October 29th, 2013
Lou Reed
About Lou Reed
Lou Reed

Lou Reed

Lou Reed, legendary rock musician and songwriter, passed away Sunday, October 27, 2013, at the age of 71. The cause was liver disease, according to The New York Times.

The internationally influential icon from New York City was the subject of a feature-length American Masters documentary directed and produced by Timothy Greenfield-Sanders in 1998: Rock and Roll Heart: Lou Reed. Greenfield-Sanders commented, “Lou Reed music was the backbeat to our lives and his lyrics were our conscience. His death is a blow, not only to New York City, but also to the world.”

In honor of Lou Reed, PBS is re-airing the film on Thursday, October 31, 2013, 10-11 p.m. (check local listings).

Lou Reed: Rock And Roll Heart, An American Masters Special (1998)

For more than 40-years, Reed has been at the forefront of American avant-garde music, beginning with creation of the Velvet Underground in 1965, a band with artistic and political visions far beyond the popular music of the time. Gritty and realistic, the brutal honesty in Reed’s lyrics and sound made him a cultural icon of the disenfranchised throughout the ’60s and ’70s. With songs like “Heroin” and “All Tomorrow’s Parties,” he tackled harsh urban realities. His “Walk on the Wild Side” surprisingly made it to the top of the charts and has become a cultural classic about a taboo, hidden lifestyle. Reed worked with other icons of his day — Andy Warhol, David Bowie, Laurie Anderson. From punk rock to grunge, he has had an unparalleled influence on the American music scene. Inducted into the Rock and Roll Hall of Fame in the late ’90s and given the prestigious Hero Award by the National Academy of Recording Arts and Sciences, he continues his life-long experimentation as both a writer and performer. Originally broadcast: April 29, 1998. One hour.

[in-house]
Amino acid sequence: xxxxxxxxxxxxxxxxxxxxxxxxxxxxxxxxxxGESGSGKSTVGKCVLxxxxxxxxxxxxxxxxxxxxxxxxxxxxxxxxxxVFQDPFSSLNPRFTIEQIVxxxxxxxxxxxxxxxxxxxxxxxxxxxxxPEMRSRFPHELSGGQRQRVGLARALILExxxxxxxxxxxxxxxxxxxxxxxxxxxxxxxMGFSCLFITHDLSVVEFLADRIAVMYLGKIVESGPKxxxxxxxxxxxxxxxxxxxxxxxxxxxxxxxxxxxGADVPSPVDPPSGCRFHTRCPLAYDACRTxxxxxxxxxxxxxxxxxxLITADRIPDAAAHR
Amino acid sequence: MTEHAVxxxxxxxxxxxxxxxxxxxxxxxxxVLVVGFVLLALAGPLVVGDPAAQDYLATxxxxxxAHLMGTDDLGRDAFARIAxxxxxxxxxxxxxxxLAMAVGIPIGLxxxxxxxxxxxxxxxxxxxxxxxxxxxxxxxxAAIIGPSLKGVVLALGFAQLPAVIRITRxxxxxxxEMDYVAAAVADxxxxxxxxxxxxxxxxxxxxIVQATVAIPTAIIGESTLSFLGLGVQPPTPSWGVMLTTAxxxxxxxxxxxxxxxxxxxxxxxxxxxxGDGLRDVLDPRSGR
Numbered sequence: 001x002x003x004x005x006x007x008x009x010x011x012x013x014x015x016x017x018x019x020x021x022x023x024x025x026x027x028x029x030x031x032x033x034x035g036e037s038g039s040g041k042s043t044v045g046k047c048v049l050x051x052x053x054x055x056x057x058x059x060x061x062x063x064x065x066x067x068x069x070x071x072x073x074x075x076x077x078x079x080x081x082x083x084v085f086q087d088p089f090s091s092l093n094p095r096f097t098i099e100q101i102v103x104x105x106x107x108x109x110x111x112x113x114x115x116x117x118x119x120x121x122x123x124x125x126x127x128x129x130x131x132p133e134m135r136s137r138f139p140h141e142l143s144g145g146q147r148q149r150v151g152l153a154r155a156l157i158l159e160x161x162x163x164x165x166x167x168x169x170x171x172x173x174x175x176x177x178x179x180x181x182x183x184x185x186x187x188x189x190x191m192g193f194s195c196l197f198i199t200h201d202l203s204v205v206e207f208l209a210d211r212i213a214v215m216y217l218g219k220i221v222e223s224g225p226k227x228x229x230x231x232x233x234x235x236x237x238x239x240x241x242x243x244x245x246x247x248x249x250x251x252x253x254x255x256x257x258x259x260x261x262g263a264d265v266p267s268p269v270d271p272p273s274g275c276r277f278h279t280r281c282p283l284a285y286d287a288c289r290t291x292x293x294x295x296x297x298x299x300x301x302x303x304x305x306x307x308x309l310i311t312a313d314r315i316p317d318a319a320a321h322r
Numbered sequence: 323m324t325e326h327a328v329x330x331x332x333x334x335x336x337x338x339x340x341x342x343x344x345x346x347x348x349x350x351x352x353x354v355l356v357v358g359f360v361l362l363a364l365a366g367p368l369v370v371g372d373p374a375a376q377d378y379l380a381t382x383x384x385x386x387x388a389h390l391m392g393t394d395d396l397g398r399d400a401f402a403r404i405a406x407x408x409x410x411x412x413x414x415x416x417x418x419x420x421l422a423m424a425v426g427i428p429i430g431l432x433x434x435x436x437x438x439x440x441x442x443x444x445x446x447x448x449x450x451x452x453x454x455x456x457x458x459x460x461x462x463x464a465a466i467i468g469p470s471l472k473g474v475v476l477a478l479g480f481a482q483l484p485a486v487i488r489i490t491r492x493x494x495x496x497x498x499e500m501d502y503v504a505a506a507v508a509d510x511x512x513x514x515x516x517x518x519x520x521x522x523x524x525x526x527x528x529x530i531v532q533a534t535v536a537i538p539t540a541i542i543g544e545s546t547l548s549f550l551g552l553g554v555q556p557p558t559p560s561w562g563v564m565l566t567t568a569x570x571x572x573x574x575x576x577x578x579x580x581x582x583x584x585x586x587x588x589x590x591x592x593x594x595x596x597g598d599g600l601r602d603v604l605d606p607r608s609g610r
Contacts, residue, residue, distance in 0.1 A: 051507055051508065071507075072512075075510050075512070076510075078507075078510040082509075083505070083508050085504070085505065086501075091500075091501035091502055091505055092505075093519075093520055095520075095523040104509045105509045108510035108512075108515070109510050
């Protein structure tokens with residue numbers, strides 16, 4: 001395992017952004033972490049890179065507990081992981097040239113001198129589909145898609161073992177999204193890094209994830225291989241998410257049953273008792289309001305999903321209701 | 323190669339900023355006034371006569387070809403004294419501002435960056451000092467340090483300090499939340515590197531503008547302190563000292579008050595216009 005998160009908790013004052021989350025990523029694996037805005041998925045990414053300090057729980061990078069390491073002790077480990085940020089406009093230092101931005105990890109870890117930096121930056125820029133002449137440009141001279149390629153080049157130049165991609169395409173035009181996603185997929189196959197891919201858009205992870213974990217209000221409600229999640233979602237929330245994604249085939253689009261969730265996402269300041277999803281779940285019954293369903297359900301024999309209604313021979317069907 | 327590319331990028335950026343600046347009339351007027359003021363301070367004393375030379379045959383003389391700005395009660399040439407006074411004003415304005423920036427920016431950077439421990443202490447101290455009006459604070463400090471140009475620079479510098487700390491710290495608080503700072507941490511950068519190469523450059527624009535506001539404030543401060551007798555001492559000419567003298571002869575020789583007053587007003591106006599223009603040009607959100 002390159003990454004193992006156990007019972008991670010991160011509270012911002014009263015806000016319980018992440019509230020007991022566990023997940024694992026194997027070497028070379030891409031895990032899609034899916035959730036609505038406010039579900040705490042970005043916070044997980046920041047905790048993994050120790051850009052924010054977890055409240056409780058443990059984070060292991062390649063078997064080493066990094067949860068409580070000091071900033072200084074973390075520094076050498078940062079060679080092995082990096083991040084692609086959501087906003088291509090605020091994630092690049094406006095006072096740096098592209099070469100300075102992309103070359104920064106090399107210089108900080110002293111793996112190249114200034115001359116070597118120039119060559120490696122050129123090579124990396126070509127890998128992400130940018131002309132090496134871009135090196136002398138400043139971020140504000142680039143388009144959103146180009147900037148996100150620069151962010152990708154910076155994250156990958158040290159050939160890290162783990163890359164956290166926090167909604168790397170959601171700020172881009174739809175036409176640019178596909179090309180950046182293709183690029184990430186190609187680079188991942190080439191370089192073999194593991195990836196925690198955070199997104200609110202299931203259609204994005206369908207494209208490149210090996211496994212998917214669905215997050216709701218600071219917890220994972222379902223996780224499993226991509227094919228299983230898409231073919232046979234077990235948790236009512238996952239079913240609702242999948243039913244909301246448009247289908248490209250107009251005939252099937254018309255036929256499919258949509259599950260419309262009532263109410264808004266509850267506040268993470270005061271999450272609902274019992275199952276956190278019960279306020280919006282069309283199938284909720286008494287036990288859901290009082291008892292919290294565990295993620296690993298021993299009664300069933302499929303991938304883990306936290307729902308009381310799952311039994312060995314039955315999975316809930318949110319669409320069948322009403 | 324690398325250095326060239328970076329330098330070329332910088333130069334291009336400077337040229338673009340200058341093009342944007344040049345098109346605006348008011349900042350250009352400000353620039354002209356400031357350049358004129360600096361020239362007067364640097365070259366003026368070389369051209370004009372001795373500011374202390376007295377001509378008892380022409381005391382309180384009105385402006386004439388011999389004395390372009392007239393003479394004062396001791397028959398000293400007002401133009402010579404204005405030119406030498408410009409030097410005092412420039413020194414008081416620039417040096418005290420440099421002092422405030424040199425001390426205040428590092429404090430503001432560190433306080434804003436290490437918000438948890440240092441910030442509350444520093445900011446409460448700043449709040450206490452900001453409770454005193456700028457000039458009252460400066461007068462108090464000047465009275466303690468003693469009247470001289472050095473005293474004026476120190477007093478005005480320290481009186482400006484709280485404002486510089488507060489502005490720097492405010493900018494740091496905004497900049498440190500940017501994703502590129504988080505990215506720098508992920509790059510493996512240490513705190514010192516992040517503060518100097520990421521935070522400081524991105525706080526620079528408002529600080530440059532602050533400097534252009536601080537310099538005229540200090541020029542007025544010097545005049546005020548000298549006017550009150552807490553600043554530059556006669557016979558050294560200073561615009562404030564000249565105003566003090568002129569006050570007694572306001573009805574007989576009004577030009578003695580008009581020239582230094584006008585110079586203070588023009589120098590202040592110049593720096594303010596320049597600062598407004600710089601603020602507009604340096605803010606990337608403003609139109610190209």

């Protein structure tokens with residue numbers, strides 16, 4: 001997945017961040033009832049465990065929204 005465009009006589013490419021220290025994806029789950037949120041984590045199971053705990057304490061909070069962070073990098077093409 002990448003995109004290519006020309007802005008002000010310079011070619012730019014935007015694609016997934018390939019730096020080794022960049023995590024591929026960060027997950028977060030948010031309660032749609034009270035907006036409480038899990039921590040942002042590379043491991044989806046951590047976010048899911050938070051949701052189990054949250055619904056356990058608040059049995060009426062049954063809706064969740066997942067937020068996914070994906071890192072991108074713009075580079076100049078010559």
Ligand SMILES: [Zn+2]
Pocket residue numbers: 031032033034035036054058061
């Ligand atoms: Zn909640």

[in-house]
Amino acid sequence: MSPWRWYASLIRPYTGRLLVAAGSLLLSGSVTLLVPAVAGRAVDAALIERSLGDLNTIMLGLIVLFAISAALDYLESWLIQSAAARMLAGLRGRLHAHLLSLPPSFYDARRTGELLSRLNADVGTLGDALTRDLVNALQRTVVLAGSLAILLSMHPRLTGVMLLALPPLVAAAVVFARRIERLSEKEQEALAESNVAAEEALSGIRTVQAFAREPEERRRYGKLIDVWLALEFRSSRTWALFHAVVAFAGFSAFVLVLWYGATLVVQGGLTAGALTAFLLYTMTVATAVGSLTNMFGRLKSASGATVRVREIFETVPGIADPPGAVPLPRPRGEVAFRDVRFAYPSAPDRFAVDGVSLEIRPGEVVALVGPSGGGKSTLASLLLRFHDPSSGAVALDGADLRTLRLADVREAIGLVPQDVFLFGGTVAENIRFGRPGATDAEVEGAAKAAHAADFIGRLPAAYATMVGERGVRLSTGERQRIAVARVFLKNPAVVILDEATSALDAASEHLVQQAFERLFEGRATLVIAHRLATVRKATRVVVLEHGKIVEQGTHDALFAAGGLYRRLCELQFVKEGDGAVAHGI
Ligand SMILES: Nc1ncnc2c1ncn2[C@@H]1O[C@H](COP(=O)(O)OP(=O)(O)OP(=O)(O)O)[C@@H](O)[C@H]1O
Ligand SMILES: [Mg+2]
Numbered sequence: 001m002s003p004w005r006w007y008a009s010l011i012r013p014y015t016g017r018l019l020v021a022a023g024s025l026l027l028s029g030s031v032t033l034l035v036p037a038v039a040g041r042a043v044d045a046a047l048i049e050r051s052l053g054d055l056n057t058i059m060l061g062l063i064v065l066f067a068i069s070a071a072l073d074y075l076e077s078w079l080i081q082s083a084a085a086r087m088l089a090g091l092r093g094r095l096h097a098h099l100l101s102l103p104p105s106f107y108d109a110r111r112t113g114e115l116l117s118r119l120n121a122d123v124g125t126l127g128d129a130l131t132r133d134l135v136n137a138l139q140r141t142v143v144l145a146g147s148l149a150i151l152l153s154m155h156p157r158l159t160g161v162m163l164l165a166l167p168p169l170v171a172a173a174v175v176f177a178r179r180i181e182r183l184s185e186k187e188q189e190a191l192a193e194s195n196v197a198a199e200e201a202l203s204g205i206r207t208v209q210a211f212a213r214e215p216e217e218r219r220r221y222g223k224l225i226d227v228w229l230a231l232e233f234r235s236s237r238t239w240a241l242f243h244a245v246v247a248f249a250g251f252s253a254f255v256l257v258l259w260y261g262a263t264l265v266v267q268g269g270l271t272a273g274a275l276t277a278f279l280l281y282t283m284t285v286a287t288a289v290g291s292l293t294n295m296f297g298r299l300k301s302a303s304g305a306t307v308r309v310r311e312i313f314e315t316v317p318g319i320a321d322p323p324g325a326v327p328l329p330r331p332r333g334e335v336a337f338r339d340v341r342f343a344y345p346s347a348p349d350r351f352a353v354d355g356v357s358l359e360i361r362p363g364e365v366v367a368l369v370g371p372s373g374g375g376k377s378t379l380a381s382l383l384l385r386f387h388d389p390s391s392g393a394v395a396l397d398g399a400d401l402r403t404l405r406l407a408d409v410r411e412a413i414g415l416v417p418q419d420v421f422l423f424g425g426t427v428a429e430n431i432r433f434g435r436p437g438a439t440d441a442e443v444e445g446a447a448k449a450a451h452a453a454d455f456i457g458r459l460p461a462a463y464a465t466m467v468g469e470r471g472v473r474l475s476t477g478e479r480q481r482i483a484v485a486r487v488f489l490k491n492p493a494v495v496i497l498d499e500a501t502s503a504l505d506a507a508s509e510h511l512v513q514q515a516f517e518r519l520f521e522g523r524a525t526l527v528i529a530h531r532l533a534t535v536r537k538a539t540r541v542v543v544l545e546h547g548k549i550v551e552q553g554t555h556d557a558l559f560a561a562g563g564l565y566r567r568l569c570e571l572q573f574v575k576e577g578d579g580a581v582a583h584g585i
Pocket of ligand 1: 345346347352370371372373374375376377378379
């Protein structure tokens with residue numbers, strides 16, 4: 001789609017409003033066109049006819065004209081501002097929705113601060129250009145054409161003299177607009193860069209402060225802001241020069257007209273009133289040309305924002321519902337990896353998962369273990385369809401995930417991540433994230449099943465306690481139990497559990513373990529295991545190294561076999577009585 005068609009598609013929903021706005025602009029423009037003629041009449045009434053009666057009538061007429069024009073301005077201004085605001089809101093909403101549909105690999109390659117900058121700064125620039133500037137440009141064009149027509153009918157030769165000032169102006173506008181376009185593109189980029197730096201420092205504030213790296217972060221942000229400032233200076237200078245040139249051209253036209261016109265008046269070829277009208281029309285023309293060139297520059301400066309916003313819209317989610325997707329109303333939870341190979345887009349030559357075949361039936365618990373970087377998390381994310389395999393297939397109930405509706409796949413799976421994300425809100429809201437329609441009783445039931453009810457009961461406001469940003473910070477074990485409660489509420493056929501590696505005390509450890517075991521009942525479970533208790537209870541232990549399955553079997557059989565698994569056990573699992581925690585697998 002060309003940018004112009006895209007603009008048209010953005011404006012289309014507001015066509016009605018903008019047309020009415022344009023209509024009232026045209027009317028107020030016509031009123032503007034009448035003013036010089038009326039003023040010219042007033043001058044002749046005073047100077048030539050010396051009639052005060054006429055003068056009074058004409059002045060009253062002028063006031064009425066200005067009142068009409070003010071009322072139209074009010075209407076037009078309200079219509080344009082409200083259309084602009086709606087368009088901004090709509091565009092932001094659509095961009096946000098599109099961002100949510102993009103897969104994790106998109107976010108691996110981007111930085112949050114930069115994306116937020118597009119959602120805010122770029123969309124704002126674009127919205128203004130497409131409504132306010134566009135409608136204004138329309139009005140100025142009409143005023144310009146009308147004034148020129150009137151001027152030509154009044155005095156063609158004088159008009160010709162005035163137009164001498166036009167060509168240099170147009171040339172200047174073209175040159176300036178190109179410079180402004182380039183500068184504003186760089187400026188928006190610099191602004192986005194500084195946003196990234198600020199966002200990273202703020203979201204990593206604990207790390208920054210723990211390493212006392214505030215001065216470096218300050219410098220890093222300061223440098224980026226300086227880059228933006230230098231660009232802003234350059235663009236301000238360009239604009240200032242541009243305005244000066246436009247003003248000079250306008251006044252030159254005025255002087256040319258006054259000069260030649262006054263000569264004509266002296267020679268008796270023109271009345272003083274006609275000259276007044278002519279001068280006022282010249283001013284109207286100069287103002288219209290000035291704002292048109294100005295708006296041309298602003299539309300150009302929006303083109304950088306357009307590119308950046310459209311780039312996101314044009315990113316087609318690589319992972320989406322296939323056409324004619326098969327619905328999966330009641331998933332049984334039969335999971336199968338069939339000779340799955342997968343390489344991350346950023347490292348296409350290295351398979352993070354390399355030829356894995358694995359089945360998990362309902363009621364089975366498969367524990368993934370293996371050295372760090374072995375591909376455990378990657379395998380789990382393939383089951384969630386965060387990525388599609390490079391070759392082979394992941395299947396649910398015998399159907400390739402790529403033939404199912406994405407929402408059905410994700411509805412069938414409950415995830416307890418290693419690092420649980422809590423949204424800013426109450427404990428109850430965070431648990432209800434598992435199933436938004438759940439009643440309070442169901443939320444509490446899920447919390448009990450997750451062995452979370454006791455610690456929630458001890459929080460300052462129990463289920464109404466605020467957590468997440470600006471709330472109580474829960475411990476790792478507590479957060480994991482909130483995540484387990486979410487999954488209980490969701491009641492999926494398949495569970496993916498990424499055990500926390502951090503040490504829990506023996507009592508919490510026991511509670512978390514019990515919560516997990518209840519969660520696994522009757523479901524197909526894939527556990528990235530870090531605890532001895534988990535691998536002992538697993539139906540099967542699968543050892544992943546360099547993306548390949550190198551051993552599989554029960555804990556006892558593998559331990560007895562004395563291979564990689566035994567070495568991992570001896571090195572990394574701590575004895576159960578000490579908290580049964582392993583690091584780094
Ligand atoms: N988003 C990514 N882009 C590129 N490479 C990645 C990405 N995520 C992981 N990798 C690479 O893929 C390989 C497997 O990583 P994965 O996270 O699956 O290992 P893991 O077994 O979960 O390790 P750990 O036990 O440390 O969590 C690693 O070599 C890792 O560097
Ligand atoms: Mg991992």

The entry below is a flashback to his career as of 1998.

Lou Reed Biography (1998)

For thirty-five years Lou Reed has been at the forefront of the avant-garde in popular music. His gritty and realistic vision made him a cultural icon of the disenfranchised urban youth of the 1960s and 1970s. A counterpoint to the booming impersonal economy of the 1980s and 1990s, Reed has asserted a brutal honesty into both his music and lyrics that demands the full attention of contemporary listeners. From punk rock to grunge, Reed has had an unparalleled influence on the American music scene.

Lou Reed was born in Brooklyn in March of 1942 and grew up in Freeport, Long Island. Greatly influenced by the popular Rhythm and Blues of the time, Reed played in a number of bands while still in high school. After graduating, he attended Syracuse University where he developed a defining friendship with poet Delmore Schwartz. A mentor to Reed, Schwartz’s ability to create complex emotional landscapes with a simple vernacular language, impressed on Reed the possibilities within the everyday voice of the streets. After Syracuse, Reed moved to New York, where he worked writing popular songs.